Link to Pubmed [PMID] – 20855622
Link to DOI – 10.1073/pnas.1007765107
Proc Natl Acad Sci U S A 2010 Oct; 107(40): 17333-8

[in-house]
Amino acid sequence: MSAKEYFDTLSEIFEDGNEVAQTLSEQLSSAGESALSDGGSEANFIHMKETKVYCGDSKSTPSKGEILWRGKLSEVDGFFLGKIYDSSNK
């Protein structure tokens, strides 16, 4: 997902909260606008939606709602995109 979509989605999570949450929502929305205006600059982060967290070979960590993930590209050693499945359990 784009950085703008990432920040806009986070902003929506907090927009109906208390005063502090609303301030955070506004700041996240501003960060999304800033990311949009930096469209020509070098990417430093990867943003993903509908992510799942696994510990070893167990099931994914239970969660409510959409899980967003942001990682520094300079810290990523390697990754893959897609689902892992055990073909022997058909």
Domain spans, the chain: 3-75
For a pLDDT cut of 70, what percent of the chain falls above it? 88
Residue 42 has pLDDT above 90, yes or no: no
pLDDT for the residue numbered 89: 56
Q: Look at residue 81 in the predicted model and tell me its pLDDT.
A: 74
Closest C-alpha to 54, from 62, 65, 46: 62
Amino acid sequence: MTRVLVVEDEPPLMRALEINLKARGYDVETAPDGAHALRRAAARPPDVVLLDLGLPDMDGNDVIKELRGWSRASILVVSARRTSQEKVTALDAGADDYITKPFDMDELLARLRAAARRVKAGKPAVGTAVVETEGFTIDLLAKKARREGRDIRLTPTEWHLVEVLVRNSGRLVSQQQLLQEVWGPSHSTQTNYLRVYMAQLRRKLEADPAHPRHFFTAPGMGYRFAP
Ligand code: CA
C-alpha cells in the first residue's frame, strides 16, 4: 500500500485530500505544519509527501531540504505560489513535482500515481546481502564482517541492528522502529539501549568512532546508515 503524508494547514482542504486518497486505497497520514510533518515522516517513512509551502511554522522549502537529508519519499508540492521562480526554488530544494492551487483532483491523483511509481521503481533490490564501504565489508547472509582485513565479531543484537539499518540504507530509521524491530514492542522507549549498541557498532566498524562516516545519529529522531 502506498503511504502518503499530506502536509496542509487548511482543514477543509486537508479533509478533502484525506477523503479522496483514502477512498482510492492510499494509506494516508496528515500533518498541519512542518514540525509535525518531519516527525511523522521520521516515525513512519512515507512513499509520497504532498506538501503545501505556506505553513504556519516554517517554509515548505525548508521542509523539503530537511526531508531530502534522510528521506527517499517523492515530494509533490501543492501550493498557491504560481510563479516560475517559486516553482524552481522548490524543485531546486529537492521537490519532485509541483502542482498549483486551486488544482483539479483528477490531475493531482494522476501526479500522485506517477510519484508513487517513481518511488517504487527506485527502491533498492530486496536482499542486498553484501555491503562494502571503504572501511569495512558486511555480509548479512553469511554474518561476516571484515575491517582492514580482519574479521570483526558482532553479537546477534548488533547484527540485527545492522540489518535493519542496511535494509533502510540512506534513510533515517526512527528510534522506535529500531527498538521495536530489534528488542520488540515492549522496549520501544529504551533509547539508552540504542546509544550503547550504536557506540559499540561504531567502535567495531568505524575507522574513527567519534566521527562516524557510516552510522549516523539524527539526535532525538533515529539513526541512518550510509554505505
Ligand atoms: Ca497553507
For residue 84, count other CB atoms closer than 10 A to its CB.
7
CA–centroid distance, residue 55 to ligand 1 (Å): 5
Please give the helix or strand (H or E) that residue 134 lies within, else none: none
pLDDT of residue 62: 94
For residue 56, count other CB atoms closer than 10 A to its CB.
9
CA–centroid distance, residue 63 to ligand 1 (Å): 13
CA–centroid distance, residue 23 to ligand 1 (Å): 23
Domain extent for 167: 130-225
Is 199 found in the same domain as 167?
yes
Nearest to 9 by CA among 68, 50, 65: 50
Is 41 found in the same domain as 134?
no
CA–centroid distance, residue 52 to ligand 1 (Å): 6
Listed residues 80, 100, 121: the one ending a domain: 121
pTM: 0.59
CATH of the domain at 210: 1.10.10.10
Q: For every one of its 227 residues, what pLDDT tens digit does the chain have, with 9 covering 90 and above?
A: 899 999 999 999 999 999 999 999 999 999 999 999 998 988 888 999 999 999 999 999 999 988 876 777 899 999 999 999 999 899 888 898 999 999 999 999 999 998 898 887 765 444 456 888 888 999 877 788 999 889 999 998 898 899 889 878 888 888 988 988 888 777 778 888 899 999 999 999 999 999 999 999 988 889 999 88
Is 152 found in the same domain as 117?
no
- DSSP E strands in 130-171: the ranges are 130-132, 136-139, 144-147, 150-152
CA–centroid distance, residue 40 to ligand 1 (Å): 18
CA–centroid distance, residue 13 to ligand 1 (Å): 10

Listeria monocytogenes is an intracellular pathogen responsible for severe foodborne infections. It can replicate in both phagocytic and nonphagocytic mammalian cells. The infectious process at the cellular level has been studied extensively, but how the bacterium overcomes early host innate immune responses remains largely unknown. Here we show that InlC, a member of the internalin family, is secreted intracellularly and directly interacts with IKKα, a subunit of the IκB kinase complex critical for the phosphorylation of IκB and activation of NF-κB, the major regulator of innate immune responses. Infection experiments with WT Listeria or the inlC-deletion mutant and transfection of cells with InlC reveal that InlC expression impairs phosphorylation and consequently delays IκB degradation normally induced by TNF-α, a classical NF-κB stimulator. Moreover, infection of RAW 264.7 macrophages by the inlC mutant leads to increased production of proinflammatory cytokines compared with that obtained with the WT. Finally, in a peritonitis mouse model, we show that infection with the inlC mutant induces increased production of chemokines and increased recruitment of neutrophils in the peritoneal cavity compared with infection with WT. Together, these results demonstrate that InlC, by interacting with IKKα, dampens the host innate response induced by Listeria during the infection process.